CHICAGO — It will forever be listed among the greatest trades in Cubs history and be noted as one of the best moves by Theo Epstein. Jake Arrieta was acquired from the Orioles via trade in July of 2013 and then developed into an ace, Cy Young Award winner and
CHICAGO — It will forever be listed among the greatest trades in Cubs history and be noted as one of the best moves by Theo Epstein. Jake Arrieta was acquired from the Orioles via trade in July of 2013 and then developed into an ace, Cy Young Award winner and World Series champion.
Epstein smiled on Tuesday while discussing that deal, which sent Scott Feldman and Steve Clevenger to Baltimore. During those negotiations so many years ago, it was Cubs general manager Jed Hoyer who insisted that Epstein try to get more from the Orioles in the
“Jed kept on pounding the table that we could get a throw-in,” Epstein said. “And that it had to be this guy named Pedro Strop.”
“He truly does not need me over his shoulder.” –Epstein, on Hoyer. Says his long-time GM “is ready to take over” and will do so with his own voice and approach.
— Jordan Bastian (@MLBastian) November 17, 2020
For every franchise, the top front-office executive receives the credit (or the blame) for the transactions that occur on his or her watch. The Theo Epstein Era with the Cubs has plenty of those moves, but Hoyer was at his side for all nine years. Now, Hoyer will be moving to the role of president of baseball operations after Epstein officially steps down on Friday.
The Cubs are currently in the process of negotiating an extension with Hoyer, whose contract runs through 2021. It is not yet clear if the now-vacant GM role will be filled with an internal or external candidate.
Theo Epstein will step down from his role as President of Baseball Operations effective Nov. 20 and depart the organization after nine seasons.
Jed Hoyer, who joined the club in Nov. 2011 as Executive VP/General Manager, will be named President of Baseball Operations. pic.twitter.com/SDeF826SFH
— Chicago Cubs (@Cubs) November 17, 2020
During a Zoom chat with reporters on Tuesday, Epstein explained his reasons for the transition and why it was time for Hoyer to move into the top job in the Cubs’ baseball operations department. One of the reasons being that, while Hoyer was at Epstein’s side, he was very much a driving force behind the scenes.
And as Cubs fans can tell you, Strop went on to become one of the best relievers in the franchise’s long, storied history.
“If it weren’t for Jed,” Epstein said, “we wouldn’t have gotten Stropy in the deal — let alone maybe complete the deal. And then, without Jake Arrieta, all of the history here is different.”
Hoyer joined the Cubs prior to the 2012 season to be Epstein’s GM, following two years in that same role for the Padres. Before that, he was in the Red Sox organization from 2002-09, working in player development, scouting and analysis, and helping Epstein lead Boston to World Series triumphs in ’04 and ’07.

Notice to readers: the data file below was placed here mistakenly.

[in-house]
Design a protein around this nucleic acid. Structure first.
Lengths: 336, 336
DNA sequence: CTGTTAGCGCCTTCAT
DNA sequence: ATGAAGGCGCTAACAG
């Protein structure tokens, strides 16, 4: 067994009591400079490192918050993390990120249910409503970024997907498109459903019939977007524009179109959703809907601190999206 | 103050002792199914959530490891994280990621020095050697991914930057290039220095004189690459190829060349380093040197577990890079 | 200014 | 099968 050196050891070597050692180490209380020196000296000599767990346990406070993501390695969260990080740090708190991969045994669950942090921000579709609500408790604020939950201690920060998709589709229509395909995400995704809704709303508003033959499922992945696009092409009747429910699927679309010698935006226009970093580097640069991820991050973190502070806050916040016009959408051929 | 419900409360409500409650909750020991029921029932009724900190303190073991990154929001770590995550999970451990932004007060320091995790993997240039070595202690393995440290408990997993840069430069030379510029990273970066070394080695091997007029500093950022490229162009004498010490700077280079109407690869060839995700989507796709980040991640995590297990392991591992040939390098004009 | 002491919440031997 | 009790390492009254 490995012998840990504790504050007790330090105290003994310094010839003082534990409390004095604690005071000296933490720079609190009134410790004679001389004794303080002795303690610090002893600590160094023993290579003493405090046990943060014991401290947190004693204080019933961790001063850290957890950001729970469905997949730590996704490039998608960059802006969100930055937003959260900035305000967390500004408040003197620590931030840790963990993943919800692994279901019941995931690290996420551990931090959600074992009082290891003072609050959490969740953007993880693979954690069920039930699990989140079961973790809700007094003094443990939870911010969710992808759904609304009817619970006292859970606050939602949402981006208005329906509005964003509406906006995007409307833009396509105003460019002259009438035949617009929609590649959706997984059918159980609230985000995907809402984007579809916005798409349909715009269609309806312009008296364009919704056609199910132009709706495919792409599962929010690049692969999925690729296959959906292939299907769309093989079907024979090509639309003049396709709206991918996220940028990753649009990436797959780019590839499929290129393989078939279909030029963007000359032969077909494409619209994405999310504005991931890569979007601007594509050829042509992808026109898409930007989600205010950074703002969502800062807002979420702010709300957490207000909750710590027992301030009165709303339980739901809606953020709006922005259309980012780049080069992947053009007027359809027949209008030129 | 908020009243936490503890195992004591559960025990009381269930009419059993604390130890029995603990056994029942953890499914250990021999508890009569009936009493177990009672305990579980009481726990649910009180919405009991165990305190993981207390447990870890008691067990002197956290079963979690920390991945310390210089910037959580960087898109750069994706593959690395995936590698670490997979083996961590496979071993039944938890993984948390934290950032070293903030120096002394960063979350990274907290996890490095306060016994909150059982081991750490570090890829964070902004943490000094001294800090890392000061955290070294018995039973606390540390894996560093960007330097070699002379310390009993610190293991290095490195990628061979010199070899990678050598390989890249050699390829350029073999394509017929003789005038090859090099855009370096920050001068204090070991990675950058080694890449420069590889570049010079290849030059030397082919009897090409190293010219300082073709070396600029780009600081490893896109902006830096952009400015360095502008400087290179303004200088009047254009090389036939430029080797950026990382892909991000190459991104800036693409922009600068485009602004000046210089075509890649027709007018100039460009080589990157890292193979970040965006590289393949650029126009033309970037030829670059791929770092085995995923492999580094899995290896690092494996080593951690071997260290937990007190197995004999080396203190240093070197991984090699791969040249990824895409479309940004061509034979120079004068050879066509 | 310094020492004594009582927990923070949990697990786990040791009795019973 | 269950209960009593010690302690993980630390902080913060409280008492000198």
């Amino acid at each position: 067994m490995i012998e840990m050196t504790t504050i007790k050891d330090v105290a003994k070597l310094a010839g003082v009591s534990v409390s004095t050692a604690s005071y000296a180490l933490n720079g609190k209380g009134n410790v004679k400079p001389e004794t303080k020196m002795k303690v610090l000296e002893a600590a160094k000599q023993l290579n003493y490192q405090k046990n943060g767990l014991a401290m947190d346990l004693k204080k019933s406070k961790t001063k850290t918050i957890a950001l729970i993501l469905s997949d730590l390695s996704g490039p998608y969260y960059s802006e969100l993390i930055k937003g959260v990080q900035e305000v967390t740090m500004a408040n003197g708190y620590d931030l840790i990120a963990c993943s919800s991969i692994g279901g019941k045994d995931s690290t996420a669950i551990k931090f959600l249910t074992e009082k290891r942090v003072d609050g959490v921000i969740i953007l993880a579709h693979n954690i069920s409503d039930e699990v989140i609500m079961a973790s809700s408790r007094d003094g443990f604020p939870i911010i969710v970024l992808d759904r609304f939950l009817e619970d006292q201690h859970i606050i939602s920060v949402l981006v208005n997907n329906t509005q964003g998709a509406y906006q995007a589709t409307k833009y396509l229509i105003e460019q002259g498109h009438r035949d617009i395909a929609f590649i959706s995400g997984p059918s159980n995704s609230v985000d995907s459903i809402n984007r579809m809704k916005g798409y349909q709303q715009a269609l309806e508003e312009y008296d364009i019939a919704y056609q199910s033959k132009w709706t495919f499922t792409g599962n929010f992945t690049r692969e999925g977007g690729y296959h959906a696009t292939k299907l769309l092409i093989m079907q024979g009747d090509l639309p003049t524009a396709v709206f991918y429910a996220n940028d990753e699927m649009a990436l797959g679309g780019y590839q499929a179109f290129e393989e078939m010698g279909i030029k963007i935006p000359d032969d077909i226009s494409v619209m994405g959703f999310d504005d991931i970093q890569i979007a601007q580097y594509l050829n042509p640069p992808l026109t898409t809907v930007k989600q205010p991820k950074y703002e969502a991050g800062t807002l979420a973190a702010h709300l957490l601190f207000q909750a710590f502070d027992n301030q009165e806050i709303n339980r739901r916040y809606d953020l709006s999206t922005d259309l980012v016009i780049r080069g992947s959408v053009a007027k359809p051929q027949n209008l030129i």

With the Cubs, Epstein and Hoyer took on a daunting rebuild, which resulted in a World Series title in 2016 and five postseason berths in six seasons from ’15-20. Epstein noted that Hoyer has played a key role in the Cubs’ efforts to “change and to modernize” their operations from top to bottom in recent years.
“I’m confident that, even though he’s been here, the Cubs are getting the benefit of fresh eyes, so to speak, and that he’ll be a force for continued progress and change within the organization,” Epstein said. “The last couple years, he’s really jumped in and and enhanced his efforts to be a central part of every discussion in the organization.”
Epstein smirked Tuesday when asked how it was to negotiate with Hoyer back in 2010, when the former Padres GM landed Anthony Rizzo as part of the package that sent Adrian Gonzalez to Epstein’s Red Sox.
“He was tough,” Epstein said. “He wanted Rizzo and I kept trying to give him Lars Anderson instead. And I can mention this, because Lars is a good friend. But Lars Anderson would admit he’s no Anthony Rizzo. So, we’re trying to try to give him Lars instead, but Jed wouldn’t take Lars Anderson.
“He wanted Anthony Rizzo. And so he did a great job of getting someone who would — luckily for us — go on to be a cornerstone of the Cubs when we acquired him a couple years after that.
“But [Hoyer] can butter you up with the easy conversation and the small talk and the pleasant demeanor. But in the end, he knows what he wants and has a way of being able to get it.”
Those negotiation skills could be put to the test this offseason, given that the Cubs are facing financial losses in light of the pandemic. Chicago may be looking for ways to trim its payroll, which could mean trading from the Cubs’ core group that helped deliver the 2016 World Series.
As the Cubs face decisions with potential long-term consequences, Epstein said he did not think it was fair to stay on for one year and be looking over Hoyer’s shoulder. With Hoyer at the helm for the next several years, Epstein and Cubs chairman Tom Ricketts both expressed that starting the transition now made the most sense.
“I think Jed knows that these are going to be interesting and uniquely challenging years,” Ricketts said. “There’s a lot of variables. But with respect to that situation, I think Jed’s on top of it. I think he’s extremely well qualified and ready to go. And we’ll just work through it together.”